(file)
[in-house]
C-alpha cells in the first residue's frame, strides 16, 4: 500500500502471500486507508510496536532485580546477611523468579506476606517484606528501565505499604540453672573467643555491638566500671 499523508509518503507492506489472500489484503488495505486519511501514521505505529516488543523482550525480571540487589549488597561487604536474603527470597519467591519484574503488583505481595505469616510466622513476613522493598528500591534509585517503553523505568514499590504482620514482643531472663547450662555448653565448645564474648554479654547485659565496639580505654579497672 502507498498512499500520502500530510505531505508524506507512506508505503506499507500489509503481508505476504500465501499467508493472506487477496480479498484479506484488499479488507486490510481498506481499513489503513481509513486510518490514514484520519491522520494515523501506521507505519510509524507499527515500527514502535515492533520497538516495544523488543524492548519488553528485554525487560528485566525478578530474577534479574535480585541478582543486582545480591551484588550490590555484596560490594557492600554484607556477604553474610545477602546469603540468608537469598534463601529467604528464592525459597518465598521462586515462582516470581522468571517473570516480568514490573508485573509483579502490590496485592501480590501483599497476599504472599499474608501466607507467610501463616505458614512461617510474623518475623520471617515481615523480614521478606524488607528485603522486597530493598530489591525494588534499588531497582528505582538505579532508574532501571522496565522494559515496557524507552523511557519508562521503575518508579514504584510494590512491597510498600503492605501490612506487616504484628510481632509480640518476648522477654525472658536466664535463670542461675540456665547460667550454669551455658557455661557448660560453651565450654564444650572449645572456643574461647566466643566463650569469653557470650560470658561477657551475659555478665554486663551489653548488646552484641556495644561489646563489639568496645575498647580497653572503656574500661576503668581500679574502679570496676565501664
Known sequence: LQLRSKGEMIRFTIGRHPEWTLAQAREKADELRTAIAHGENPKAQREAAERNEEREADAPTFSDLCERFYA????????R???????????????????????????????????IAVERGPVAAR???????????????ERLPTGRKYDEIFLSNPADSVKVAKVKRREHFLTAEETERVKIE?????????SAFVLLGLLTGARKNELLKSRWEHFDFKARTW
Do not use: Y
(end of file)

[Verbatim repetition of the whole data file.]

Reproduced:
[in-house]
C-alpha cells in the first residue's frame, strides 16, 4: 500500500502471500486507508510496536532485580546477611523468579506476606517484606528501565505499604540453672573467643555491638566500671 499523508509518503507492506489472500489484503488495505486519511501514521505505529516488543523482550525480571540487589549488597561487604536474603527470597519467591519484574503488583505481595505469616510466622513476613522493598528500591534509585517503553523505568514499590504482620514482643531472663547450662555448653565448645564474648554479654547485659565496639580505654579497672 502507498498512499500520502500530510505531505508524506507512506508505503506499507500489509503481508505476504500465501499467508493472506487477496480479498484479506484488499479488507486490510481498506481499513489503513481509513486510518490514514484520519491522520494515523501506521507505519510509524507499527515500527514502535515492533520497538516495544523488543524492548519488553528485554525487560528485566525478578530474577534479574535480585541478582543486582545480591551484588550490590555484596560490594557492600554484607556477604553474610545477602546469603540468608537469598534463601529467604528464592525459597518465598521462586515462582516470581522468571517473570516480568514490573508485573509483579502490590496485592501480590501483599497476599504472599499474608501466607507467610501463616505458614512461617510474623518475623520471617515481615523480614521478606524488607528485603522486597530493598530489591525494588534499588531497582528505582538505579532508574532501571522496565522494559515496557524507552523511557519508562521503575518508579514504584510494590512491597510498600503492605501490612506487616504484628510481632509480640518476648522477654525472658536466664535463670542461675540456665547460667550454669551455658557455661557448660560453651565450654564444650572449645572456643574461647566466643566463650569469653557470650560470658561477657551475659555478665554486663551489653548488646552484641556495644561489646563489639568496645575498647580497653572503656574500661576503668581500679574502679570496676565501664
Known sequence: LQLRSKGEMIRFTIGRHPEWTLAQAREKADELRTAIAHGENPKAQREAAERNEEREADAPTFSDLCERFYA????????R???????????????????????????????????IAVERGPVAAR???????????????ERLPTGRKYDEIFLSNPADSVKVAKVKRREHFLTAEETERVKIE?????????SAFVLLGLLTGARKNELLKSRWEHFDFKARTW
Do not use: Y